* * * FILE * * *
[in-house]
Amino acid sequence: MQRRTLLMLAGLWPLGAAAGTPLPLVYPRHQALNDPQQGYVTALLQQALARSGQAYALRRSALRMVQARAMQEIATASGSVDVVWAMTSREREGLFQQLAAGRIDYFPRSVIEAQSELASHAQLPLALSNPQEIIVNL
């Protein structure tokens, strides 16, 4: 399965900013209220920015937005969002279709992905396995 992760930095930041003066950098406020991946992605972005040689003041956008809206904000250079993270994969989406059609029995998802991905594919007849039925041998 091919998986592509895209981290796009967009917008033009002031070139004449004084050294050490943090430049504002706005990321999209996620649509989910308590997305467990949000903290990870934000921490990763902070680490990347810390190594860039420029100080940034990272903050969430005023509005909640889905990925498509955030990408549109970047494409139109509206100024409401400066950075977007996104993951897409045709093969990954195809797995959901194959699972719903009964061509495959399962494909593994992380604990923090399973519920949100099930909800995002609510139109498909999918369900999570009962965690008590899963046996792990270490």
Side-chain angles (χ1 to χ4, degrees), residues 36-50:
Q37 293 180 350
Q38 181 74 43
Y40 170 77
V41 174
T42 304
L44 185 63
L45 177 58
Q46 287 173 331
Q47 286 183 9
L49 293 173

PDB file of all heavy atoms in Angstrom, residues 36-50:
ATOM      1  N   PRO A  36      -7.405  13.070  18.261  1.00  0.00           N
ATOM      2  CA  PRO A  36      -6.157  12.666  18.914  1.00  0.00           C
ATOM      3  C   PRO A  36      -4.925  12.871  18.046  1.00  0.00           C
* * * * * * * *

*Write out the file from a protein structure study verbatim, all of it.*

[in-house]
Amino acid sequence: MQRRTLLMLAGLWPLGAAAGTPLPLVYPRHQALNDPQQGYVTALLQQALARSGQAYALRRSALRMVQARAMQEIATASGSVDVVWAMTSREREGLFQQLAAGRIDYFPRSVIEAQSELASHAQLPLALSNPQEIIVNL
């Protein structure tokens, strides 16, 4: 399965900013209220920015937005969002279709992905396995 992760930095930041003066950098406020991946992605972005040689003041956008809206904000250079993270994969989406059609029995998802991905594919007849039925041998 091919998986592509895209981290796009967009917008033009002031070139004449004084050294050490943090430049504002706005990321999209996620649509989910308590997305467990949000903290990870934000921490990763902070680490990347810390190594860039420029100080940034990272903050969430005023509005909640889905990925498509955030990408549109970047494409139109509206100024409401400066950075977007996104993951897409045709093969990954195809797995959901194959699972719903009964061509495959399962494909593994992380604990923090399973519920949100099930909800995002609510139109498909999918369900999570009962965690008590899963046996792990270490």
Side-chain angles (χ1 to χ4, degrees), residues 36-50:
Q37 293 180 350
Q38 181 74 43
Y40 170 77
V41 174
T42 304
L44 185 63
L45 177 58
Q46 287 173 331
Q47 286 183 9
L49 293 173

PDB file of all heavy atoms in Angstrom, residues 36-50:
ATOM      1  N   PRO A  36      -7.405  13.070  18.261  1.00  0.00           N
ATOM      2  CA  PRO A  36      -6.157  12.666  18.914  1.00  0.00           C
ATOM      3  C   PRO A  36      -4.925  12.871  18.046  1.00  0.00           C